Earlier today, I started another thread on this topic. Here is the follow-up.
What Is wrong with this picture?
Well, it caused this one
The owner of this car was driving on a fairly busy road, when "the steering got all loose feeling." The car drifted left, across oncoming traffic and swerved into the ditch. Thankfully, nobody was hurt and the car was not damaged. It only took a few minutes to install a new nut and cotter pin and the car was able to complete the tour.
The owner of the car is pretty mechanical and he's sure he put a new cotter pin in the tie rod ball when he adjusted the toe-in three years ago. But, the fact is that the nut fell off and the steering link became disconnected creating a very dangerous situation.
This is a great opportunity for all of us to remind ourselves that ongoing safety inspections are mandatory practice if we intend to drive these cars. Please make a habit of checking your car over regularly.
What is my coupe doing out in the weeds?!
OH, that could have been so nasty! Glad all is okay.
I walk all around my cars often and violently shake each of the four wheels to feel if anything is loose while looking everything over. Found several things over the years that way.
Thank you very much for the reminder, and the opportunity for me to add to it.
Drive carefully, and enjoy, W2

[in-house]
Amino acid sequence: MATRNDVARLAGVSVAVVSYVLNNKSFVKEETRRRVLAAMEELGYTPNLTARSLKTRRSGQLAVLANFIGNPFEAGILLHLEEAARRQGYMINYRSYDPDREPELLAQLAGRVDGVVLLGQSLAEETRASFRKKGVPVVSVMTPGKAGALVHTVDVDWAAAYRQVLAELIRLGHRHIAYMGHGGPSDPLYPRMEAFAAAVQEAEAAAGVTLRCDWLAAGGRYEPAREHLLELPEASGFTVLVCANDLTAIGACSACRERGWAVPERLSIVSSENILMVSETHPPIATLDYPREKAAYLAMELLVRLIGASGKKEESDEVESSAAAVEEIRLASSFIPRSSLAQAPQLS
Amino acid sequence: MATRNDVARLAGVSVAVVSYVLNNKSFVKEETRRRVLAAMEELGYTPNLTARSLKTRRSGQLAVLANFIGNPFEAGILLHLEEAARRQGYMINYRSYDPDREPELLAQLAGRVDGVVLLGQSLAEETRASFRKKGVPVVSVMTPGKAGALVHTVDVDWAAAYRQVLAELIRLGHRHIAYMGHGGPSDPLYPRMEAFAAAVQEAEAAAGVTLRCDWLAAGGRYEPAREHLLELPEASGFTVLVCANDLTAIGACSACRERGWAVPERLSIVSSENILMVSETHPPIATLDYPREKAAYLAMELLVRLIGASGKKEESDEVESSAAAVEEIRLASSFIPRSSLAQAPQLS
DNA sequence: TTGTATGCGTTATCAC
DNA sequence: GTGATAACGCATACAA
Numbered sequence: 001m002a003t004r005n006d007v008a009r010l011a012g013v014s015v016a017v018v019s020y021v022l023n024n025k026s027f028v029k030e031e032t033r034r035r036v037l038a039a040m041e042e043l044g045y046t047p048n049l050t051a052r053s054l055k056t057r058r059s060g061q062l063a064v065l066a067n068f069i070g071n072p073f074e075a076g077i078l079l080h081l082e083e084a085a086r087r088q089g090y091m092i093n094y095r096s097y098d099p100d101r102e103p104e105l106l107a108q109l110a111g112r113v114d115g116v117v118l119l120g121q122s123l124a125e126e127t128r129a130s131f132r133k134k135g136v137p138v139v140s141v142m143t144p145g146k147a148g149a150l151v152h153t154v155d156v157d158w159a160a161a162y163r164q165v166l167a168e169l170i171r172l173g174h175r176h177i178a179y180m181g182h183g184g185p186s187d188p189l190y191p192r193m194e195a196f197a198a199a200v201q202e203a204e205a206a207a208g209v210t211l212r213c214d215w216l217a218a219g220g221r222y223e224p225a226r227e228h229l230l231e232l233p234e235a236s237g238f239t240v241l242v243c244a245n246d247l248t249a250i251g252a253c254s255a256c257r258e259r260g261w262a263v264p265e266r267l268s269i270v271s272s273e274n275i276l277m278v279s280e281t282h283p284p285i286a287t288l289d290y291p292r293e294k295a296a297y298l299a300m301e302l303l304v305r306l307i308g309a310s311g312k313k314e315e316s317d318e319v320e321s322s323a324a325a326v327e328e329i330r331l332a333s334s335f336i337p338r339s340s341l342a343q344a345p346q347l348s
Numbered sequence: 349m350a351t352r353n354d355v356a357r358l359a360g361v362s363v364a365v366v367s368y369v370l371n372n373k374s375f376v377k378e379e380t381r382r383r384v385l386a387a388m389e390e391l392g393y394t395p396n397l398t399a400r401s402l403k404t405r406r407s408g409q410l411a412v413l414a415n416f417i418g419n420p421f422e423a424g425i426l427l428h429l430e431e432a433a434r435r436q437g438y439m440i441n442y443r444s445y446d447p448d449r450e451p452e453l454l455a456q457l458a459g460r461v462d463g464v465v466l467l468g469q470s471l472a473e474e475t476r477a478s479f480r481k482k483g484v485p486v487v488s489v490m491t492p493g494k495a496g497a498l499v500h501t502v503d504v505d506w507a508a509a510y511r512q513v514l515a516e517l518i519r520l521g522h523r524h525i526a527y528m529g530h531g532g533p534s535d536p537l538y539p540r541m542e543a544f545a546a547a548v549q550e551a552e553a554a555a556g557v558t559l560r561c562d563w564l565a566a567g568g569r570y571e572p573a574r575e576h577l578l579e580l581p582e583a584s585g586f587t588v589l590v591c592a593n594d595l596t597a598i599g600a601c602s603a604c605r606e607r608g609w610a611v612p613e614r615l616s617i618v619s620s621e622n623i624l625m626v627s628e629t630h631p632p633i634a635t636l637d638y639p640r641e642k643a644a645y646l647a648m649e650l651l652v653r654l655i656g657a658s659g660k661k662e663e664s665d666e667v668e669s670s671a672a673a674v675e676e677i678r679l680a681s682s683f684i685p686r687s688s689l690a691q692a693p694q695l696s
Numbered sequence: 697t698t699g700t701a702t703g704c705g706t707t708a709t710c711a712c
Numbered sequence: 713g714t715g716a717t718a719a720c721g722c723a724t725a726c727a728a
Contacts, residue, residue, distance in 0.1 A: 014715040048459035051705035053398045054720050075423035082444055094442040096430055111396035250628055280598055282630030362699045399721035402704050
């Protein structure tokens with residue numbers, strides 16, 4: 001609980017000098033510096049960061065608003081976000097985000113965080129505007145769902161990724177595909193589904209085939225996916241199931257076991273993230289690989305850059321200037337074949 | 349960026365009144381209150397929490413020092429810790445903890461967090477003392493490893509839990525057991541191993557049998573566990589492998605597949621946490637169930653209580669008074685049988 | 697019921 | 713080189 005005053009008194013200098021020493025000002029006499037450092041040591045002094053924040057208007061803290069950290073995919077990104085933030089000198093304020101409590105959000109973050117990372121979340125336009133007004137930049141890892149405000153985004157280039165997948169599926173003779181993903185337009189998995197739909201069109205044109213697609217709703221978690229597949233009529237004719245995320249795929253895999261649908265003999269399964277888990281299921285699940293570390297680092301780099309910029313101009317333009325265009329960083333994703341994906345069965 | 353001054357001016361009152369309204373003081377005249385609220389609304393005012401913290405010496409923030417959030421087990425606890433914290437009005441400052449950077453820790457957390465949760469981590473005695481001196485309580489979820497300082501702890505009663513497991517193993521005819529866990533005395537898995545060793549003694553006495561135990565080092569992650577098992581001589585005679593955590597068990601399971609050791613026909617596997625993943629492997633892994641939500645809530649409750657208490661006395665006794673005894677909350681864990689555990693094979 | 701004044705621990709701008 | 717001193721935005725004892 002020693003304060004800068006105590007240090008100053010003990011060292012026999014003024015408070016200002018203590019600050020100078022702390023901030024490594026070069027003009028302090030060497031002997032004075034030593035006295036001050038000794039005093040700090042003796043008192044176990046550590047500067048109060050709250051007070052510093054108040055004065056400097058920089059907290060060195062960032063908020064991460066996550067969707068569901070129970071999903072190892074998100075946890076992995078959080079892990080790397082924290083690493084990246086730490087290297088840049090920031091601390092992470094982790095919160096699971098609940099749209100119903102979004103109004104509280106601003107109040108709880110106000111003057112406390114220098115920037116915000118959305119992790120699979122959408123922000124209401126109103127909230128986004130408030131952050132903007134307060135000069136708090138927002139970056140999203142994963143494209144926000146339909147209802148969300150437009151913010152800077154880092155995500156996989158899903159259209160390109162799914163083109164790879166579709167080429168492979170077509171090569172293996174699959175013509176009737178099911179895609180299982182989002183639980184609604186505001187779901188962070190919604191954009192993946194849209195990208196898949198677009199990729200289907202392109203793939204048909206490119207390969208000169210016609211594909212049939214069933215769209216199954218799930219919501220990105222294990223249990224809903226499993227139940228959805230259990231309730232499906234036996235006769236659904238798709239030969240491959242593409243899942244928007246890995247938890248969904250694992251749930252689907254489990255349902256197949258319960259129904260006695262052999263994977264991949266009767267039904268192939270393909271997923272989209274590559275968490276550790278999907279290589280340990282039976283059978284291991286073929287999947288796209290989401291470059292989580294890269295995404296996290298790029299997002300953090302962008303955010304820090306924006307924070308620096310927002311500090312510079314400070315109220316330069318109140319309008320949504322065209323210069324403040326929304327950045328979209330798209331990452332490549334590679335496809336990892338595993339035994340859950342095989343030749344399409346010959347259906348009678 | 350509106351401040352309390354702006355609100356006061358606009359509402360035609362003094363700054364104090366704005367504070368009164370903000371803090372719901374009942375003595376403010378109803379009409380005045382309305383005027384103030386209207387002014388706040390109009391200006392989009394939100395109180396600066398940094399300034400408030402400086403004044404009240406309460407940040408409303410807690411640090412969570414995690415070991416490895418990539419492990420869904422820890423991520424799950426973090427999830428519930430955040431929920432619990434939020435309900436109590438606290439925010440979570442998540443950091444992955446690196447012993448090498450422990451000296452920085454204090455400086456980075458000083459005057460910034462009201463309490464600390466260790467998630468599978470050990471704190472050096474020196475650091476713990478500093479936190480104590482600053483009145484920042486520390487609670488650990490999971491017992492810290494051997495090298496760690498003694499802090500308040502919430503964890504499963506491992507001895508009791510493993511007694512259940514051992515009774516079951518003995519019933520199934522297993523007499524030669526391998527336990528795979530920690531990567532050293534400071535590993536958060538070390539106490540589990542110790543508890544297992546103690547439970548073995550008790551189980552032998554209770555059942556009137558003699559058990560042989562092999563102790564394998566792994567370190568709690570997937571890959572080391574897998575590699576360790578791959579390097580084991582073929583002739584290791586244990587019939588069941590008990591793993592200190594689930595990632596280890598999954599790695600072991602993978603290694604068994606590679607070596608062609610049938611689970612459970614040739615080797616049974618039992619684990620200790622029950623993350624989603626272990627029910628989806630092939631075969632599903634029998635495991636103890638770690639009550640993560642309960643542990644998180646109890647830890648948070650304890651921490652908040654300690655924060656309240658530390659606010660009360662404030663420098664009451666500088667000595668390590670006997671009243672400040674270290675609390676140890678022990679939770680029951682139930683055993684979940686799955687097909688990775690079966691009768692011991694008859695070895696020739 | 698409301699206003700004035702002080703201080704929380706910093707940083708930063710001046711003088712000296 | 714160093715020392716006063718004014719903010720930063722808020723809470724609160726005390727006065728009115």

The same same result, also with a safe ending, occured on a tour in Australia. This time the pitman arm came off. The car had recently been re-built after a nasty accident, with two people involved in the re-assembly. Perhaps there is a need for working parties to check each other's work.
Hope this helps.
Allan from down under.
I’m glad everyone is ok. Note that same set of events is recorded on page 5 of the July 2011 Puget Sound Chapter Newsletter see: http://www.pugetsoundmodeltclub.org/July2011.pdf In that case the owner switched cars at the last minute and did not take time to do a safety check. The was not a cotter pin and the nut backed off and steering was lost. Fortunately there was no on coming traffic as the car drifted left across the other lane and into a gentle ditch. A new nut and cotter pin was installed and the car drove fine. Below is a photo from that newsletter (note the green grass rather than the pavement in the background):
Note, one reason aircraft mechanics sometimes have a second person “inspect” their work is to help catch any “oops” before they cause a problem. And yes, in most cases they only have the second person look at it when it is required either by the regulation or policy. But any of us can make a mistake. And if we are interrupted we are more likely to miss something. And if we are new at working on the cars we are also more likely to miss something.
One set up I can think of for this to happen again is: A new owner removes the nut to adjust the toe in. There was not a cotter pin on the nut when he took it off and he bolted it back up with out installing a cotter pin. His first repair on the Ford and the cars he has worked on previously do not use cotter pins. I could have done that if I started working on other cars first and Fords later. In my case I started on Ts and wondered why the later cars did not use cotter pins. (Lock washers? Where did those come from?)